Here and Now

Monday - Thursday 11am-1pm
  • Hosted by Robin Young and Jeremy Hobson

A live production of NPR and WBUR Boston, in collaboration with public radio stations across the country, Here & Now reflects the fluid world of news as it’s happening in the middle of the day, with timely, smart and in-depth news, interviews and conversation.

Co-hosted by award-winning journalists Robin Young and Jeremy Hobson, the show’s daily lineup includes interviews with NPR reporters, editors and bloggers, as well as leading newsmakers, innovators and artists from across the U.S. and around the globe.

Here & Now began at WBUR in 1997, and expanded to two hours in partnership with NPR in 2013. Today, the show reaches an estimated 3.6 million weekly listeners on over 383 stations across the country.

To visit the show's website, click here.

KUNR Local Hosts: Esther Ciammachilli, Danna O'Connor

Ways to Connect

Managers have many reasons to say “no” to employees, but it can be difficult to work for someone who always says “no” to new ideas.

Here & Now‘s Jeremy Hobson talks with author and employee engagement expert David Sturt about why saying “yes” more often might be better for business.

Don’t trust the polls. Trust the average. That’s the general advice from most pollsters or politicos when reading presidential predictions.

But even so, not all polls are created equal.

Results differ based on who is being selected for a poll, whether it is a national or state poll, the number of candidates on the ballot and how close the poll is to the election.

What Does The Electoral College Do?

Sep 13, 2016

Voters go to the polls on Nov. 8. But the 538 members of the Electoral College vote on Dec. 19.

They’re supposed to follow the popular vote, but there’s always a chance a few might not. And what happens if Donald Trump and Hillary Clinton are tied?

Political scientist Kyle Dell joins Here & Now‘s Robin Young for a refresher on the Electoral College, and how members of Congress might break a potential tie.

Interview Highlights: Kyle Dell

On the Electoral College’s function

The world’s wilderness areas have experienced catastrophic losses in the past two decades, according to a new study published Friday in the journal “Current Biology.”

Comparing current maps with those from the 1990s, researchers concluded that more than 3.3 million square kilometers, or about one-tenth of the world’s total wilderness, has been lost, raising deep concerns about what effect that has on local economies and global climate change.

Stock markets in the U.S. were steady this morning, after closing at their lowest level since July on Friday.

The drop came after comments from Eric Rosengren, the Federal Reserve Bank of Boston president, raising the expectations for a rate hike from the Federal Reserve later this year.

Here & Now‘s Jeremy Hobson talks with Jill Schlesinger about what is rattling investors.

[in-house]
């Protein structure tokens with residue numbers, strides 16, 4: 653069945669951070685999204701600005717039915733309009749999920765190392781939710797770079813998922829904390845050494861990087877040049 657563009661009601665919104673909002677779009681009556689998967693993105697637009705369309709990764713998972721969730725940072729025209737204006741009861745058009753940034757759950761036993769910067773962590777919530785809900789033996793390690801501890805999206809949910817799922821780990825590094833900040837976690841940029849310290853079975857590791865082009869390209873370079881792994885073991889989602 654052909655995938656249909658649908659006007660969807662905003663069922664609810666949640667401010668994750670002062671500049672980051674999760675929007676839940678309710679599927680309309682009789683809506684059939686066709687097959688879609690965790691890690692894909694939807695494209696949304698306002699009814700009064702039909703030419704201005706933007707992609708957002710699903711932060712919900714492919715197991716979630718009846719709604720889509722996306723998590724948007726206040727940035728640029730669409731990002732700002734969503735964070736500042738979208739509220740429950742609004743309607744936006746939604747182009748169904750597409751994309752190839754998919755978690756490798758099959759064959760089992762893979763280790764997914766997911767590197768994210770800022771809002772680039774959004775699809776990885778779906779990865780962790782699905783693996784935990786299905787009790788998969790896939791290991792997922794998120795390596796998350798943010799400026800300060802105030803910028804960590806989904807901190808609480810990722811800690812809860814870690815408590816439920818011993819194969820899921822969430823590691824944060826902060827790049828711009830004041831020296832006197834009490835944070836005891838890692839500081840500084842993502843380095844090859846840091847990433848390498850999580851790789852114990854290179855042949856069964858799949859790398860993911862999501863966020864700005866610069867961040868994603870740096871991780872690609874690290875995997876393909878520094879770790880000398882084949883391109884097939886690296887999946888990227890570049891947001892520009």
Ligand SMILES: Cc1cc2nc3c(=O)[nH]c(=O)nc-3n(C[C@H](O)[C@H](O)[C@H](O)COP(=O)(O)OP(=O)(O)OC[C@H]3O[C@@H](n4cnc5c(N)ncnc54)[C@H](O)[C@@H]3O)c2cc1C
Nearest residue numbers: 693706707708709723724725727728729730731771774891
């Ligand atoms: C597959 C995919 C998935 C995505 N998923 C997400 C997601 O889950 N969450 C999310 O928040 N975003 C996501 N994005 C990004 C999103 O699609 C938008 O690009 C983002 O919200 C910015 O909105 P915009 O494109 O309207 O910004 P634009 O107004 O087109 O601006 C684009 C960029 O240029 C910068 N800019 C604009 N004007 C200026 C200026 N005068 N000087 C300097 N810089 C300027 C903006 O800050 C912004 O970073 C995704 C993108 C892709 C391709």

Here & Now‘s Robin Young speaks with Femi Oke of Al Jazeera English about some of the stories that are gathering steam on social media.

Jury selection began this week in the federal trial of two former top aides to New Jersey Governor Chris Christie, who are said to have orchestrated the traffic jam at the George Washington Bridge in 2013 known as “Bridgegate.”

Bridget Anne Kelly, Christie’s former deputy chief of staff, and Bill Baroni, a Christie appointee to the Port Authority of New York and New Jersey, are charged with fraud and conspiracy for allegedly planning the lane closures as an act of retribution against Fort Lee Mayor Mark Sokolich, for not endorsing Christie’s bid for re-election.

Last night’s prime-time presidential forum was the first time Donald Trump and Hillary Clinton were set to speak on the same stage. But talk afterward focused more on the shortcomings of the forum’s host, the “Today” show’s Matt Lauer.

NPR’s David Folkenflik examines what Lauer did and didn’t do last night, and how the moderators of the upcoming debates can take tips from his performance.

Apple’s iPhone is getting an updated home button and will come with water and dust protection.

Apple says the iPhone 7 is now force sensitive, so responses can differ based on how hard you press it. It’s similar to what Apple has done with a trackpad in a slimmer MacBook model last year.

Camera improvements include a new flash with four rather than two shades of color to match ambient light.

It’s one of several new features Apple is introducing at an event in San Francisco.

Presidential candidates Hillary Clinton and Donald Trump will address the fight against ISIS, national security and veterans issues in New York tonight.

The Commander-in-Chief Forum will be simulcast by NBC and MSNBC and will feature questions from members of the military, veterans and military family members. It’s sponsored by Iraq and Afghanistan Veterans of America.

Here & Now‘s Robin Young previews the event with NPR’s Phil Ewing.

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